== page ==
Once confirmation came that the academy would be temporarily closed, Katie Biscione — who has four children enrolled in Good Shepherd — said the after school pick-up on Oct. 5 was difficult.
“My son came out of school crying when he heard the news, and my daughter was home yesterday [because it] was her day to learn remotely at home. She was sobbing into the palms of her hands,” Biscione said. “I said, ‘This time, we’re not doing this without a fight’ because there’s really no reason for the shutdown. If there were cases, if there was concern, then we would all be genuinely concerned. But, right now, we all feel safe. So it was very difficult, explaining that to them.”
Michelle Lambrakis, who is a newly enrolled parent at St. Mark’s Catholic Academy in Sheepshead Bay, came to the protest in support of all schools. She decided to take her children out of the New York City public school system six weeks ago, so that they “could have a full education.”
“ZIP codes are made for mail. They’re not made for distinguishing who should be in school and who should not be in school,” Lambrakis said during the rally. “It’s an emotional trainwreck … and it needs to end.”
The Diocese Takes a Stand
Joan McMaster, associate superintendent for Principal and Teacher Personnel in the Diocese of Brooklyn, also attended the protest.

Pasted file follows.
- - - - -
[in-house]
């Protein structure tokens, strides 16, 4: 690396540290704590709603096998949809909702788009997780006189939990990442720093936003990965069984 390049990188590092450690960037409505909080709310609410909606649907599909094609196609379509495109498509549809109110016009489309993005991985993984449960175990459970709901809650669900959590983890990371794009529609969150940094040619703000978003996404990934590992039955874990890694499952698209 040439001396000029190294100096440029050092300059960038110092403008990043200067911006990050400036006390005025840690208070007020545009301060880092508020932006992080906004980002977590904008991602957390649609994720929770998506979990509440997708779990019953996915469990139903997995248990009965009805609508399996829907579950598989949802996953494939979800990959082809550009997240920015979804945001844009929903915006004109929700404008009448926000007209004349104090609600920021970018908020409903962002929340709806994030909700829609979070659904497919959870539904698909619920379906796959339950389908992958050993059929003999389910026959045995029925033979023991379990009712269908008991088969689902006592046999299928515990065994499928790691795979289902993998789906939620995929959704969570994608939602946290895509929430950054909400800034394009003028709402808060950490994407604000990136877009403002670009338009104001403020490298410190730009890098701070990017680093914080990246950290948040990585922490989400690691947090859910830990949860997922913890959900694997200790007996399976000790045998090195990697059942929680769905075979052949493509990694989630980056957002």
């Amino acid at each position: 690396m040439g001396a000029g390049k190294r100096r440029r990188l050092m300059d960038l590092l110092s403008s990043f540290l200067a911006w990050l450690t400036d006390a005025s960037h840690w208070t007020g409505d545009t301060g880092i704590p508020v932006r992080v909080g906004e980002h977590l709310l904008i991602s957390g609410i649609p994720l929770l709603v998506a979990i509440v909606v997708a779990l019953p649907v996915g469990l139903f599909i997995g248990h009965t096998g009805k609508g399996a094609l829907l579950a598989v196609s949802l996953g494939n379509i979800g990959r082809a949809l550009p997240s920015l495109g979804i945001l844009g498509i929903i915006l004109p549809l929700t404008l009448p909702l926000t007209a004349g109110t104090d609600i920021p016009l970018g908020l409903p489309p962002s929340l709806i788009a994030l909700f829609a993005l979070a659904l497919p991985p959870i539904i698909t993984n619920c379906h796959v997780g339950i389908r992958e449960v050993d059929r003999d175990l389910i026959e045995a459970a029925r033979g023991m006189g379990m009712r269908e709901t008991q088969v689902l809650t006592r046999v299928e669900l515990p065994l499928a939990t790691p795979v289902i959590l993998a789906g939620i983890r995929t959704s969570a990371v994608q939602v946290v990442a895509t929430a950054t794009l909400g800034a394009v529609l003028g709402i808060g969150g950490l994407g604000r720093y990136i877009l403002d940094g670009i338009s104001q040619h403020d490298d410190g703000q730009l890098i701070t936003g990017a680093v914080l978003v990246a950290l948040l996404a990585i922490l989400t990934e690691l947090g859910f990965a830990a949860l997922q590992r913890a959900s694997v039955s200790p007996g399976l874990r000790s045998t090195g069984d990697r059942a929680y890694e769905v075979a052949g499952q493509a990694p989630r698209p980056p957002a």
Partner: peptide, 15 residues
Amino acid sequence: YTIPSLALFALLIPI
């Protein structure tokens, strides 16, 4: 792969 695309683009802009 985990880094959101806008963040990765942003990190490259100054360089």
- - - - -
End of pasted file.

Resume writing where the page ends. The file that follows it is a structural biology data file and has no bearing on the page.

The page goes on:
She emphasized that the safety and health measures being taken by parish schools and Catholic academies across the Diocese are
working. In the four Catholic schools that had to temporarily close, due to being within the hot spots, only one positive case had been confirmed since school reopened on Sept. 9.
“We would like to continue to keep our schools open, and that is why we are requesting the governor to look at individual school data,” McMaster said.
Superintendent of Schools in the Diocese of Brooklyn Dr. Thomas Chadzutko, who did not attend the protest, did speak with The Tablet and Currents News hours before it took place. He said the governor’s announcement to close Catholic schools came without justified reasoning.
“There’s been no information given to us as to what we’ve done wrong,” Chadzutko said. “We had inspections last Friday in all these schools, they came in, and they looked. In some places, they just gave us materials and said everything was fine. So, why are we being now asked to close? … we did comply.”
Chadzutko also noted the immediate turnaround to remote learning worked due to the principals’ and teachers’ preparation
and leadership. “We just really have a long battle in front of us to make sure that we reopen in a timely fashion, not wait days to get a response,” he said.
School Testing Moving Forward
Hours after the protest on Oct. 6, Gov. Cuomo announced further restrictions to attack COVID clusters and keep infections
from spreading in those hot spot areas. Three color-coded zones were established — red, orange, and yellow — and will be identified by positive case numbers, not ZIP codes. Public and private schools in the red and orange zones will be temporarily closed. Public and private schools in the yellow zone stay open and will be subject to mandatory weekly testing. The Department of Health will set a percentage rate on Oct. 9.